Chapter

<i>The Concept of Law and</i> The Concept of Law

Neil Maccormick

in The Autonomy of Law

Published in print June 1999 | ISBN: 9780198267904
Published online March 2012 | e-ISBN: 9780191683404 | DOI: http://dx.doi.org/10.1093/acprof:oso/9780198267904.003.0006
The Concept of Law and The Concept of Law

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The discussion in this chapter starts from the ideas of Hart's legal positivism: that morality and law are conceptually distinct. The first section of the chapter raises examples and case studies related to life and death, in which the rulings are viewed as rather controversial — following laws and ethics, rather than what is morally sound. Law settles what moral consensus cannot; whether or not it is in favour of what is morally right. Law is institutional, authoritative and heteronomous, which is a far cry from the discursive and autonomous character essential to morality. The next few sections of the chapter delve further into institutional, authoritative, and heteronomous issues. Finally, the chapter mitigates the sharpness of the contrast in relation to practical reason, law, and morality in relation to law.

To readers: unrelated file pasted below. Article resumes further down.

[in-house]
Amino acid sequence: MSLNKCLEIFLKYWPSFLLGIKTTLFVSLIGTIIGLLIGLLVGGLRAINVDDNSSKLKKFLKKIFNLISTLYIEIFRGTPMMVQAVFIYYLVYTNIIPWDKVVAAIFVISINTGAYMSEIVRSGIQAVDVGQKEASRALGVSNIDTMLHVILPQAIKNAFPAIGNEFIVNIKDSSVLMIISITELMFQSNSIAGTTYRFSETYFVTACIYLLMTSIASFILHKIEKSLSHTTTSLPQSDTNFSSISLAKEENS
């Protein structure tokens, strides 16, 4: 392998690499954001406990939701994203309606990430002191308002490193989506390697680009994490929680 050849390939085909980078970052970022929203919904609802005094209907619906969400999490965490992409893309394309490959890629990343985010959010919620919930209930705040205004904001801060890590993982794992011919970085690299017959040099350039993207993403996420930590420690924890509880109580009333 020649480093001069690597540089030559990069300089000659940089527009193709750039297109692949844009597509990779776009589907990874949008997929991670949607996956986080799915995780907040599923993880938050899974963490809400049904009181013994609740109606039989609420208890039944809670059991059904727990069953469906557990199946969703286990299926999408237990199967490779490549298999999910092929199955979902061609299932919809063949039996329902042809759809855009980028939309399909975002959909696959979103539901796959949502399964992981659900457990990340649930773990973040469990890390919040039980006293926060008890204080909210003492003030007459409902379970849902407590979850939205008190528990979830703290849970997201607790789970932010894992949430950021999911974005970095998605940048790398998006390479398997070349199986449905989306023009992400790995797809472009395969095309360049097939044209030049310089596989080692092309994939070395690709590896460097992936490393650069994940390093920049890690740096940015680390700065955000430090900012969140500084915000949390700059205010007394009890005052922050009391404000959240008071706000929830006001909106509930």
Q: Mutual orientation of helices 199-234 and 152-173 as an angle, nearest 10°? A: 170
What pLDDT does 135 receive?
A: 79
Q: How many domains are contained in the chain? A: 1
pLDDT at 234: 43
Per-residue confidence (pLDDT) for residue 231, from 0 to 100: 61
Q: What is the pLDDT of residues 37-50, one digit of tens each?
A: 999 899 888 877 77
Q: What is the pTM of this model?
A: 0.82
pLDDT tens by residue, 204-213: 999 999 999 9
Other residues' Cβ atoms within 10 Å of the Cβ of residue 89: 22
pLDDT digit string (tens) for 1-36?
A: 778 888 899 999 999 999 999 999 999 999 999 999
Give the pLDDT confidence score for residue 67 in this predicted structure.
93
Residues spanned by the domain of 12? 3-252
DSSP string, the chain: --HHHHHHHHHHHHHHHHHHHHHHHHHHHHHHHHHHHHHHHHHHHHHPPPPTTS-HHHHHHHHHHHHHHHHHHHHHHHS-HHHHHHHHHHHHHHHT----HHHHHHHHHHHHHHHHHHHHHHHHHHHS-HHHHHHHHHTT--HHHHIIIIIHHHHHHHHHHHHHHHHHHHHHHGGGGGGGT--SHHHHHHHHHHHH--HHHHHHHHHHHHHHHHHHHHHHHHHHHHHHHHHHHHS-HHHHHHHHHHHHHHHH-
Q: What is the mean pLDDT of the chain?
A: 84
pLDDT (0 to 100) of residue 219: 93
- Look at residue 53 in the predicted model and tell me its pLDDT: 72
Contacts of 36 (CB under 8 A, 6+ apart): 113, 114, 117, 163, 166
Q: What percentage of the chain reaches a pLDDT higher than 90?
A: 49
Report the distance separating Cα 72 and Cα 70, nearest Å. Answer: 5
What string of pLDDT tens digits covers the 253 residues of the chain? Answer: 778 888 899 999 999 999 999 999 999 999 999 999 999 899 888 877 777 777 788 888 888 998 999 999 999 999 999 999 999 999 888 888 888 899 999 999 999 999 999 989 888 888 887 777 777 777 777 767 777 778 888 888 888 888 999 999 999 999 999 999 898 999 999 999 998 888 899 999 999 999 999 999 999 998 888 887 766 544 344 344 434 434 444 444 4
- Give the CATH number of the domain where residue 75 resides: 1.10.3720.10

Keywords: law; morality; institutional issues; Hart; practical reason; authoritative issues; heteronomous issues

Chapter.  12120 words. 

Subjects: Jurisprudence and Philosophy of Law

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